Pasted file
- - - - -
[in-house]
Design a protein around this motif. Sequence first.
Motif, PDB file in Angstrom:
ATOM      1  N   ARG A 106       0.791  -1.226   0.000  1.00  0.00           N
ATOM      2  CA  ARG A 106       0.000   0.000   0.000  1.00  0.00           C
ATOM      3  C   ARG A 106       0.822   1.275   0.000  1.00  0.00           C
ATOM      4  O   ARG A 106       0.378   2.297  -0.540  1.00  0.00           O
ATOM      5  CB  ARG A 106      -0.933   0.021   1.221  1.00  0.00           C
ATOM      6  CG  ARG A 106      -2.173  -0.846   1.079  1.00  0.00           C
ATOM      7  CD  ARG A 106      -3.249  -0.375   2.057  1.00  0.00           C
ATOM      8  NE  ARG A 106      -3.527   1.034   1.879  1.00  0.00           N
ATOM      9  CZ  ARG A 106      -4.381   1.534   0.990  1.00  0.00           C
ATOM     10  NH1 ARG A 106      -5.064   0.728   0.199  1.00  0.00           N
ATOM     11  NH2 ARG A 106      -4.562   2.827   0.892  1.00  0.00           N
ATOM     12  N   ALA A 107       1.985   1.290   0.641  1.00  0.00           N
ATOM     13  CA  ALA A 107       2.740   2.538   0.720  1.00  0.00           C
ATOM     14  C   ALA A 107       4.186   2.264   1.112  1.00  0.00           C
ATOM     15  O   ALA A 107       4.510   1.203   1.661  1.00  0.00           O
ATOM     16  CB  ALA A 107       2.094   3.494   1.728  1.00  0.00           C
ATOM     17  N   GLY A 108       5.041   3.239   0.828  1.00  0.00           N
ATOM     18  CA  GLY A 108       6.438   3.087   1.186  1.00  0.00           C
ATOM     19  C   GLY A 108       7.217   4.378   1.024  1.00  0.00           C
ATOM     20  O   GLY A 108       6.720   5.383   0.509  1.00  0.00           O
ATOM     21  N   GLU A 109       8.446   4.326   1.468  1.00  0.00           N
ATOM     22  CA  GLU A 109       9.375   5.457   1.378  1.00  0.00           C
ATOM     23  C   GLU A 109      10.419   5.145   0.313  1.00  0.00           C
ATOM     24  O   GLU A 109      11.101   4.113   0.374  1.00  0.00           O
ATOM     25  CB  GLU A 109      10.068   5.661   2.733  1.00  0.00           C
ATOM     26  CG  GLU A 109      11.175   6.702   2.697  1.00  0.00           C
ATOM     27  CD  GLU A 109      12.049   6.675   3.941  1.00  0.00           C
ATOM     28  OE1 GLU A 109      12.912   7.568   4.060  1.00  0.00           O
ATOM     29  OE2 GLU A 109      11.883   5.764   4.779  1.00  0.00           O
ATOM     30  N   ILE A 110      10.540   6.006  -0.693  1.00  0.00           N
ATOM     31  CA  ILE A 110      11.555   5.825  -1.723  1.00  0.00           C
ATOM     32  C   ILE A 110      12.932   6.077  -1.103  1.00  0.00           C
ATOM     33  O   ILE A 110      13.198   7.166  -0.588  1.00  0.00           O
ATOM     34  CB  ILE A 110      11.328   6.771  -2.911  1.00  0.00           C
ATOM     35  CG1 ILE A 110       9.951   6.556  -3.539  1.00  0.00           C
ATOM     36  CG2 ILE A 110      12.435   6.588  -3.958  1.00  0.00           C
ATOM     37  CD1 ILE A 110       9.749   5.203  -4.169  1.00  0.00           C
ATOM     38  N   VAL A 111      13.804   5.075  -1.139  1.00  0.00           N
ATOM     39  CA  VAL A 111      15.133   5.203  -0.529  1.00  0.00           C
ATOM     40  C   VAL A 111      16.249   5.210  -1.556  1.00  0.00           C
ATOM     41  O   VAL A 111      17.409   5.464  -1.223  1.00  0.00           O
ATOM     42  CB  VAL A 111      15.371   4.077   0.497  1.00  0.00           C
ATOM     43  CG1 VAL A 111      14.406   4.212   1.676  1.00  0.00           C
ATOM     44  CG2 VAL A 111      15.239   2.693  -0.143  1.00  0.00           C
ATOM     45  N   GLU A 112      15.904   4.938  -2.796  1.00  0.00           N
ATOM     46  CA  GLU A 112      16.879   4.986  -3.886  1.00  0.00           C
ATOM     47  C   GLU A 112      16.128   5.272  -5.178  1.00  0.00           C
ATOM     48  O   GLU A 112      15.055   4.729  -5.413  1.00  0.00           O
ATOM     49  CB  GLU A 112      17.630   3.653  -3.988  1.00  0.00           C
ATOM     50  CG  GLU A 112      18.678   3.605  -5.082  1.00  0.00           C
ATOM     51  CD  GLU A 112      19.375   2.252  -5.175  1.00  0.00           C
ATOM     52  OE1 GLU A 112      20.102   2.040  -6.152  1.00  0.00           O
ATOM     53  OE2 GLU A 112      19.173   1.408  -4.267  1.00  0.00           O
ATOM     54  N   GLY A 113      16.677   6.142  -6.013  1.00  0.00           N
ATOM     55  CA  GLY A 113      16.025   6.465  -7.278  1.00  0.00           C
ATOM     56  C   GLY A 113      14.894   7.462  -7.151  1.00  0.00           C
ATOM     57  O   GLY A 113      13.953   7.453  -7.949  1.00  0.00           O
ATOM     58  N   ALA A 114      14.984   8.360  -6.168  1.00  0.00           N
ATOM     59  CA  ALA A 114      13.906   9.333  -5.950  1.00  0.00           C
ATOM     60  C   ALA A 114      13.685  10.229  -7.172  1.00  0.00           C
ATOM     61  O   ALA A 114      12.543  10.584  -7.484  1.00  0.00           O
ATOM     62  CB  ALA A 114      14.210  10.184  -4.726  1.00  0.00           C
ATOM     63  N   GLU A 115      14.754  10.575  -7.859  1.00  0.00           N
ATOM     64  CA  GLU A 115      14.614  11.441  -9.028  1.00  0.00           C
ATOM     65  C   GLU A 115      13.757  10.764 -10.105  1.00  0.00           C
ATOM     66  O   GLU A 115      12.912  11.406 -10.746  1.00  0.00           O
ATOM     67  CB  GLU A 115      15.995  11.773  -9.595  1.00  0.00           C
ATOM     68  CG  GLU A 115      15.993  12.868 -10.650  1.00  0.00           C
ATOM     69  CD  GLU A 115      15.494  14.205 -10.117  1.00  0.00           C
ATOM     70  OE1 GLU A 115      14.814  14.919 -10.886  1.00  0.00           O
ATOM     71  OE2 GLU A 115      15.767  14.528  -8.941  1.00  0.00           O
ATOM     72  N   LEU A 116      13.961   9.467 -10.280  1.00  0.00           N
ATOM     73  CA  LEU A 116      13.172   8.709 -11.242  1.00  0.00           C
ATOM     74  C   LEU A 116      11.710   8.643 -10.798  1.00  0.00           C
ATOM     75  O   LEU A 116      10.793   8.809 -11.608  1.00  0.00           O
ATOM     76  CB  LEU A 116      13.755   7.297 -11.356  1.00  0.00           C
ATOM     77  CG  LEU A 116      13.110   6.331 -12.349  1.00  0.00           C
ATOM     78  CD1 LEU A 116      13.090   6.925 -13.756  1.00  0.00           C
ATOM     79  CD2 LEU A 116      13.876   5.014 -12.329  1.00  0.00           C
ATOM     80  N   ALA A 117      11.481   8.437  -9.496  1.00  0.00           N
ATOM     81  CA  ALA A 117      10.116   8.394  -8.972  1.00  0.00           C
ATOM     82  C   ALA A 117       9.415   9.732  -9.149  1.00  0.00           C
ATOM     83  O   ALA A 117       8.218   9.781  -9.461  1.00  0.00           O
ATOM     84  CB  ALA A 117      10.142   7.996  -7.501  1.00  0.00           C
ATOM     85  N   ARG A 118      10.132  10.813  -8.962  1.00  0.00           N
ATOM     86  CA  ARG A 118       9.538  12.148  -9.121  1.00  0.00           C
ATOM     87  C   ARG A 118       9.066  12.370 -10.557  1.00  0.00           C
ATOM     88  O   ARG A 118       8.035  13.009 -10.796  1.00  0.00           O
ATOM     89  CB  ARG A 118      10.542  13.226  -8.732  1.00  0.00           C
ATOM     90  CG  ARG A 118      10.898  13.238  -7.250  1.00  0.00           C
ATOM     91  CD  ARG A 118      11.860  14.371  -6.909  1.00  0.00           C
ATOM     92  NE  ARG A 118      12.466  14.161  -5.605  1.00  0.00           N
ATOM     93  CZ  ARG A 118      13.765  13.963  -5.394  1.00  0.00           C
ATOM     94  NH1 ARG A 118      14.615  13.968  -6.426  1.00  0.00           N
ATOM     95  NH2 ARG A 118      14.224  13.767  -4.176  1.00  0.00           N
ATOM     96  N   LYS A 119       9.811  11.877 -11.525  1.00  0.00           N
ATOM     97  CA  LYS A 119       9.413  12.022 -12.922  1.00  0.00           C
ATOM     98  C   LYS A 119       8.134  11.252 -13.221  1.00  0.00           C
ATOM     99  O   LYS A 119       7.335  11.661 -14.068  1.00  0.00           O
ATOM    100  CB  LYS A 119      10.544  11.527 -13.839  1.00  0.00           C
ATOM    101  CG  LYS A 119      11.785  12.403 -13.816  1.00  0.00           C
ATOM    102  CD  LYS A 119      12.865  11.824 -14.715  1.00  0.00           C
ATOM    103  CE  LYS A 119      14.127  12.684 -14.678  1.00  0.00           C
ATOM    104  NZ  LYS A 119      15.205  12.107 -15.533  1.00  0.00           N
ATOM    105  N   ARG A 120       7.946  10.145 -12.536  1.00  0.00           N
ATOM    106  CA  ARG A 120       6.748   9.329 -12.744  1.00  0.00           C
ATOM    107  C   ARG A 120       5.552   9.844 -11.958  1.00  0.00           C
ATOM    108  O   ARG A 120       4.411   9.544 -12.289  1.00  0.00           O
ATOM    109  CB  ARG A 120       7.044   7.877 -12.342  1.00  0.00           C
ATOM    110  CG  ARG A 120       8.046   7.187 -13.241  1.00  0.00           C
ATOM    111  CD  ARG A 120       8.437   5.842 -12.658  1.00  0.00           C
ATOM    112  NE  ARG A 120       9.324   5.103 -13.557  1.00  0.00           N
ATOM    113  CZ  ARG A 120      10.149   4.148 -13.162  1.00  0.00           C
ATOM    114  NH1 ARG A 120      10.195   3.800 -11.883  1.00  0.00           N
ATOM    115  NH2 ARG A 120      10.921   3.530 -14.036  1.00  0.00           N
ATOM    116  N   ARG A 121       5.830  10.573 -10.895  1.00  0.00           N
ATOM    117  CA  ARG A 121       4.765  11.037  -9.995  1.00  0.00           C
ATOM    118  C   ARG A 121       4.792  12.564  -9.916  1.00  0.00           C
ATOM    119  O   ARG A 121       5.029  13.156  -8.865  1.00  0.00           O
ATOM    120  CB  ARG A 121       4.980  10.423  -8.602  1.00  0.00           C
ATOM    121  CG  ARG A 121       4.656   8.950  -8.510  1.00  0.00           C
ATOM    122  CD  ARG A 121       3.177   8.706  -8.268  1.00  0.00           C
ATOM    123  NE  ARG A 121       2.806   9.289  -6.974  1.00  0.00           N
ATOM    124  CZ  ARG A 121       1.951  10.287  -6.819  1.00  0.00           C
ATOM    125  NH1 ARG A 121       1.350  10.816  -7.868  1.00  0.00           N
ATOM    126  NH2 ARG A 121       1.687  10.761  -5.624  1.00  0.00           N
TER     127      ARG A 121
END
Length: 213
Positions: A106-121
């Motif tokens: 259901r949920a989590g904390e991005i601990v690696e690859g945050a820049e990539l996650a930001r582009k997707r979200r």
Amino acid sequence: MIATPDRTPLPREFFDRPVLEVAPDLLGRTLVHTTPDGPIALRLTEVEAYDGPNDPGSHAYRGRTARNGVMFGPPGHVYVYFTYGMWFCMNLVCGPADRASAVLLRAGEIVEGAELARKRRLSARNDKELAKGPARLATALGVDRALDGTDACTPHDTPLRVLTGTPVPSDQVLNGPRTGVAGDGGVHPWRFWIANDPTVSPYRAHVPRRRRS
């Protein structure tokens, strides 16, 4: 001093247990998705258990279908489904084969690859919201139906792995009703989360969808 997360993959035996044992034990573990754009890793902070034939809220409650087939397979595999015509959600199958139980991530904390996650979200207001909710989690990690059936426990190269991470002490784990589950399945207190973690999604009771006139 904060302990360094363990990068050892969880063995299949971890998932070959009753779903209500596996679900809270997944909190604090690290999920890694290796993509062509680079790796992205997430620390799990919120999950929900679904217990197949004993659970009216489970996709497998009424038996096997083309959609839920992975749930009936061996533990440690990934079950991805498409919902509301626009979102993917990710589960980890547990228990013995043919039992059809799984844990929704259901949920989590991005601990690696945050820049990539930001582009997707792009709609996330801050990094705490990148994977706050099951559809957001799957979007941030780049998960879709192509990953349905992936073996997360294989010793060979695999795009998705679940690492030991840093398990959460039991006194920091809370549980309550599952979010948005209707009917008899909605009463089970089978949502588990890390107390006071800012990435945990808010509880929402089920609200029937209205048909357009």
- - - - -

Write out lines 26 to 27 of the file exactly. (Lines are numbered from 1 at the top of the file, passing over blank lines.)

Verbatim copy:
ATOM     23  C   GLU A 109      10.419   5.145   0.313  1.00  0.00           C
ATOM     24  O   GLU A 109      11.101   4.113   0.374  1.00  0.00           O